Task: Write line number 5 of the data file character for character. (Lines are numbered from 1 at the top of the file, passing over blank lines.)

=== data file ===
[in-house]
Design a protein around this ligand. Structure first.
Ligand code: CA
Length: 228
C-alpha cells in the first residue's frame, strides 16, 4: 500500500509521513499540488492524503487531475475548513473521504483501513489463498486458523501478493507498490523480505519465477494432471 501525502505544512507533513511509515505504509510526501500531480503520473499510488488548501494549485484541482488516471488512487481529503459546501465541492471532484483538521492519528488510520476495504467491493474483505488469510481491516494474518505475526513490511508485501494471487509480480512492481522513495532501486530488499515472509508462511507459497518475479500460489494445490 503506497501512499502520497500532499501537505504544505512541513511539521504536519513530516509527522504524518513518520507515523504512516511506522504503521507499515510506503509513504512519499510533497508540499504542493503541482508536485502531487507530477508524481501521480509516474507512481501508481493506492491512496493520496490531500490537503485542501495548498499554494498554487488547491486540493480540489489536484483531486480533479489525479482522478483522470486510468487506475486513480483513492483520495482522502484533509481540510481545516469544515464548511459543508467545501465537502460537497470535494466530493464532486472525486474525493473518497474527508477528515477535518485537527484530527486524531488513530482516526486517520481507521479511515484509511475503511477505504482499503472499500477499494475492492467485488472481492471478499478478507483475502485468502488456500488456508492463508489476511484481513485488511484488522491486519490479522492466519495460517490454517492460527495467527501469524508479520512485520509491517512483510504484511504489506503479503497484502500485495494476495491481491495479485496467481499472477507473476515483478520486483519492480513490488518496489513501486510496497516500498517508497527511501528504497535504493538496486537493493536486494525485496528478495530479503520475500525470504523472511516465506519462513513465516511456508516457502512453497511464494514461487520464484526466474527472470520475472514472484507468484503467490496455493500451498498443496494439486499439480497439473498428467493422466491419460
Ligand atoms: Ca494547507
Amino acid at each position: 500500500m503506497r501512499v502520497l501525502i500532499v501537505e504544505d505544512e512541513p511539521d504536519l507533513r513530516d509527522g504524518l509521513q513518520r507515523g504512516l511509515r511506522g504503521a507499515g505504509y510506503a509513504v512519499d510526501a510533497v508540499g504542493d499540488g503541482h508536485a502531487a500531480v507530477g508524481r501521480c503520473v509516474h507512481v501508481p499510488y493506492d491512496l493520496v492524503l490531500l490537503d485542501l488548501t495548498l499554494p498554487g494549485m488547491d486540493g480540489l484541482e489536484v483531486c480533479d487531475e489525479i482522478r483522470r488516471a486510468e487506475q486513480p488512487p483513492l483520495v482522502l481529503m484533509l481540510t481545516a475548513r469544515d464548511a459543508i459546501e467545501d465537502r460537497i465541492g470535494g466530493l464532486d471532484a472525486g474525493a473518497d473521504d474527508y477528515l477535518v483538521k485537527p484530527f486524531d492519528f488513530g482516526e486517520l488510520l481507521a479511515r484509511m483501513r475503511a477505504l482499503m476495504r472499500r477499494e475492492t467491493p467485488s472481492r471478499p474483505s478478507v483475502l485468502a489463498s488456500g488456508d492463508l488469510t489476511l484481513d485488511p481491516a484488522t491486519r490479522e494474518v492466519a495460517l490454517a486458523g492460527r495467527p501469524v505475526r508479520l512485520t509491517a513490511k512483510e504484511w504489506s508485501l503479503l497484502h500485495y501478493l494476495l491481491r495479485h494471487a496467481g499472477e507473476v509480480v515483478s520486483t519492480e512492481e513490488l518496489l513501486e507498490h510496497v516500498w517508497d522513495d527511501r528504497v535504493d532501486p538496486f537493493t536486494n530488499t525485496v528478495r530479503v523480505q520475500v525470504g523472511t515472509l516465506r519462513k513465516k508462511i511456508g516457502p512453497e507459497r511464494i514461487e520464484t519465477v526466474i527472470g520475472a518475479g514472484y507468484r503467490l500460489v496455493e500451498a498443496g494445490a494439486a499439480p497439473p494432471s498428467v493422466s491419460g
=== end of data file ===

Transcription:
C-alpha cells in the first residue's frame, strides 16, 4: 500500500509521513499540488492524503487531475475548513473521504483501513489463498486458523501478493507498490523480505519465477494432471 501525502505544512507533513511509515505504509510526501500531480503520473499510488488548501494549485484541482488516471488512487481529503459546501465541492471532484483538521492519528488510520476495504467491493474483505488469510481491516494474518505475526513490511508485501494471487509480480512492481522513495532501486530488499515472509508462511507459497518475479500460489494445490 503506497501512499502520497500532499501537505504544505512541513511539521504536519513530516509527522504524518513518520507515523504512516511506522504503521507499515510506503509513504512519499510533497508540499504542493503541482508536485502531487507530477508524481501521480509516474507512481501508481493506492491512496493520496490531500490537503485542501495548498499554494498554487488547491486540493480540489489536484483531486480533479489525479482522478483522470486510468487506475486513480483513492483520495482522502484533509481540510481545516469544515464548511459543508467545501465537502460537497470535494466530493464532486472525486474525493473518497474527508477528515477535518485537527484530527486524531488513530482516526486517520481507521479511515484509511475503511477505504482499503472499500477499494475492492467485488472481492471478499478478507483475502485468502488456500488456508492463508489476511484481513485488511484488522491486519490479522492466519495460517490454517492460527495467527501469524508479520512485520509491517512483510504484511504489506503479503497484502500485495494476495491481491495479485496467481499472477507473476515483478520486483519492480513490488518496489513501486510496497516500498517508497527511501528504497535504493538496486537493493536486494525485496528478495530479503520475500525470504523472511516465506519462513513465516511456508516457502512453497511464494514461487520464484526466474527472470520475472514472484507468484503467490496455493500451498498443496494439486499439480497439473498428467493422466491419460